CATEGORY: Documentary (Short Subject)
SPEECH BY: Sharmeen Obaid-Chinoy
FILM: A GIRL IN THE RIVER: THE PRICE OF FORGIVENESS
Q. This is your second time around.
Q. Two questions: How is it the second time around? And you continue to do films that change the lives of people, in this case, women. How important is that? And could you share with us backstage what you said onstage about how they are actually changing laws now as a result of your film?
A. Well, you know, the second time around, I was honestly a dark horse; so I was kind of not expecting this at all. But the power of being nominated for an Academy Award really does mean for a country like Pakistan that you can change laws. And the Prime Minister of Pakistan earlier this week on Monday, in fact, had me come to the Prime Minister's office, screened the film. Parliamentary and legislators were there. They are re‑drafting the law. My film deals with forgiveness and how the law is manipulated, and now they're going to change that.
Q. Hi. Congratulations.
A. Thank you.
Q. Kumail Nanjiani, who is a comedian in L.A., says congratulations. And he says he went to grammar school with you.
A. He did.
Q. Okay. So he said congratulations. My question is, what's next for you project‑wise?
A. I'm actually going into animation, because it's so much calmer than doing documentary films. That's what I am going to be working on now, an animated short.
Q. I was wondering if yesterday or today you had a chance to speak with Saba, and what is she saying right now?
A. Well, I am going to go back and speak to Saba now. But I spoke to her a few days ago, and she's obviously very excited by it. She somehow thinks that we are winning the World Cup, which apparently we have now. And, you know, I think for her, she wanted her story told, and the impact of her story is tremendous, because it is going to change lives, and it's going to save lives, and there can be no greater reward than that.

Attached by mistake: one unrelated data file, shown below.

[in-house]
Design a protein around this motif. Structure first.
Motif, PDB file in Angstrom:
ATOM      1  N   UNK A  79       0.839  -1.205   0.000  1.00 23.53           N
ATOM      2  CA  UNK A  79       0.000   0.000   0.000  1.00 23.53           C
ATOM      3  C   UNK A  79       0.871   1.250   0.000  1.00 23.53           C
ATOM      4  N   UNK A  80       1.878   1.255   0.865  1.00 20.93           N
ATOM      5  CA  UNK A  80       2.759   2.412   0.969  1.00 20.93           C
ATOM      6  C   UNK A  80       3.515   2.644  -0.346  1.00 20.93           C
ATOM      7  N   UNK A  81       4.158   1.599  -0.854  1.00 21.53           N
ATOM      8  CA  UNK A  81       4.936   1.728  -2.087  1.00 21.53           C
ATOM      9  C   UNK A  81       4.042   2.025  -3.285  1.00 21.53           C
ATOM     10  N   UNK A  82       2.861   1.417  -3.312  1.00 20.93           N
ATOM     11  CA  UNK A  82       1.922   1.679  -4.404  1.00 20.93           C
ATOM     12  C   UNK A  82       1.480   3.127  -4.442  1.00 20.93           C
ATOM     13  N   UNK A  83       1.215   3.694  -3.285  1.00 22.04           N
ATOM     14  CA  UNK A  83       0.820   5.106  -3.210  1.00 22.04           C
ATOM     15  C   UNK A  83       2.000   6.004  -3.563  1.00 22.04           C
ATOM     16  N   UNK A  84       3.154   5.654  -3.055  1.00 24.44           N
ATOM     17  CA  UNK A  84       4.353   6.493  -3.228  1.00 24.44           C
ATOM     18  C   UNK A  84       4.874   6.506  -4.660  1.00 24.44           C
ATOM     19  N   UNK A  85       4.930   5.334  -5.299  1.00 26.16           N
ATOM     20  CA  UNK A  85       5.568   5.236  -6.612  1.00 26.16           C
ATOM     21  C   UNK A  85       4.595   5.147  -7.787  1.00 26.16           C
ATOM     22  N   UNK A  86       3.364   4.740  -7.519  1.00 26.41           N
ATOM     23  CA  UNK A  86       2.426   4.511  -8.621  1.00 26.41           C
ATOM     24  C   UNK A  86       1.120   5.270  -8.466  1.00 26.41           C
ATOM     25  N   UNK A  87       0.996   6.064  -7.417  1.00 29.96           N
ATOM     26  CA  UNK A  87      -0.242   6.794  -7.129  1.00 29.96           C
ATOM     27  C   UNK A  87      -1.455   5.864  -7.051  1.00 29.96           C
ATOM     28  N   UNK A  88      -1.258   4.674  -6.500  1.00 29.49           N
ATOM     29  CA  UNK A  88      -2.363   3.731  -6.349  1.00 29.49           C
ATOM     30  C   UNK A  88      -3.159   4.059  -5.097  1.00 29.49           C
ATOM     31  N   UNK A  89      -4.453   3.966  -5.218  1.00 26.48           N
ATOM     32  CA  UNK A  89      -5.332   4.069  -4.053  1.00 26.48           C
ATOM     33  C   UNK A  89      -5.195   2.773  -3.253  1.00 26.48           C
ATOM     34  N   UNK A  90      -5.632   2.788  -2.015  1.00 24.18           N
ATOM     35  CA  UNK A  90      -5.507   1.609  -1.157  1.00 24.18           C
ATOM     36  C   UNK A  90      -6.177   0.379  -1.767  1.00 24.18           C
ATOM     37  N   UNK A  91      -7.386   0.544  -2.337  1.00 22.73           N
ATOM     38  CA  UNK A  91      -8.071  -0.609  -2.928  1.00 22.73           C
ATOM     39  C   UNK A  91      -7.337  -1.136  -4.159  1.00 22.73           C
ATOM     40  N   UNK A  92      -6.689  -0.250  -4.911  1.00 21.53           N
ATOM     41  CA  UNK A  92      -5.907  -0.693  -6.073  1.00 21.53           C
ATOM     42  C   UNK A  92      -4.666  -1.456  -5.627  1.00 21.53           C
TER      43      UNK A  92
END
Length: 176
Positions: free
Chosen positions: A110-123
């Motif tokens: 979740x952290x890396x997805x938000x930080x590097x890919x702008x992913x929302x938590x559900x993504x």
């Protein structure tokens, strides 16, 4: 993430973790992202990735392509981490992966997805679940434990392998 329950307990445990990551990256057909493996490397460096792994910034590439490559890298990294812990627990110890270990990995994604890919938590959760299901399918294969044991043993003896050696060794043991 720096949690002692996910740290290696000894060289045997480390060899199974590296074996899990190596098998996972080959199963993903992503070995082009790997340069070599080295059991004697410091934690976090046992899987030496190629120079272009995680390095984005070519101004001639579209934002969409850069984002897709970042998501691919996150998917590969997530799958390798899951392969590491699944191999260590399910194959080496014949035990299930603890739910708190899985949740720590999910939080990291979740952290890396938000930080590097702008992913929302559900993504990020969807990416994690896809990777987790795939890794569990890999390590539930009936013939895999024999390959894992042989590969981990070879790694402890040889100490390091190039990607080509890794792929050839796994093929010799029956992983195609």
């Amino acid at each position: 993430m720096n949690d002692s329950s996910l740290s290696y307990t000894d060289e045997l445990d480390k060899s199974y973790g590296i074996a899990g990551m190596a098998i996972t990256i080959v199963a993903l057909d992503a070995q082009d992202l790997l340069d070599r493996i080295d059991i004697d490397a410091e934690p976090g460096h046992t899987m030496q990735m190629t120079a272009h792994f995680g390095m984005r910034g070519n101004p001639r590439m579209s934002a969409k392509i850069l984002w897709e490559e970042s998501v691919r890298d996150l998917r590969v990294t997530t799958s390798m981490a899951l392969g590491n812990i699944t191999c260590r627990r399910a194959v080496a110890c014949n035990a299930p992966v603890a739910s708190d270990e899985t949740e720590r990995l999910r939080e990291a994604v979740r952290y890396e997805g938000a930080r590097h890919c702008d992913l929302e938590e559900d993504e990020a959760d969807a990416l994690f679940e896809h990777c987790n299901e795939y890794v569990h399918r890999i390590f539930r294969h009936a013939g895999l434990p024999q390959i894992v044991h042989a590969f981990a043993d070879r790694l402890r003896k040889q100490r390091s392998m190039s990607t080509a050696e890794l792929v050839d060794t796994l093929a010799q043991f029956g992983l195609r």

Q. So I'd like to address how there's such a strong representative in the short film category of female filmmakers, and why you think this is the case, and if and how there could be a change to that to go farther on the board?
A. Well, I mean, the entry into a short category is much lower. I mean, we have much more opportunities as women the kind of grants that we can apply, the kind of channels that approach us, the kind of people that we can raise money from. And, you know, females gravitate to something that they know that they can accomplish. And in this field, it's always been such that in the short category, you have a diversity of women, not only in the documentary, but also in the live action. And I think that, you know, that the only ‑‑ it can only get translated into bigger feature films as studios give us a chance and if big funders give us a chance. I mean, I'm hoping now to go on, and I worked on a couple of features, and I'm hoping now to work on another big feature in the next couple of years.
Q. Splitting your time between Canada, Pakistan, and other places around the world, how would you say spending time in societies that can be quite contrasting at times, how has that informed your filmmaking particularly with an eye on Canada?
A. Well, you know, when you live in a country like Canada, you begin to realize how right things can be. And then when you travel back to Pakistan and to other countries which are in conflict, you can see what's going wrong. And I think it's important to see what the human ‑‑ what human beings are capable of. I mean, Canada has a stellar record in human rights. It's got so much that I learn from. And I think going back and forth between Canada and Pakistan has taught me that you need to strive to make Pakistan a better country, and people like me who invest in that country, who start difficult conversations, practically risking our lives to do so, that there is a payback and a reward at the end of it. Thank you.
Q. Thank you so much and congratulations.
A. Thank you.
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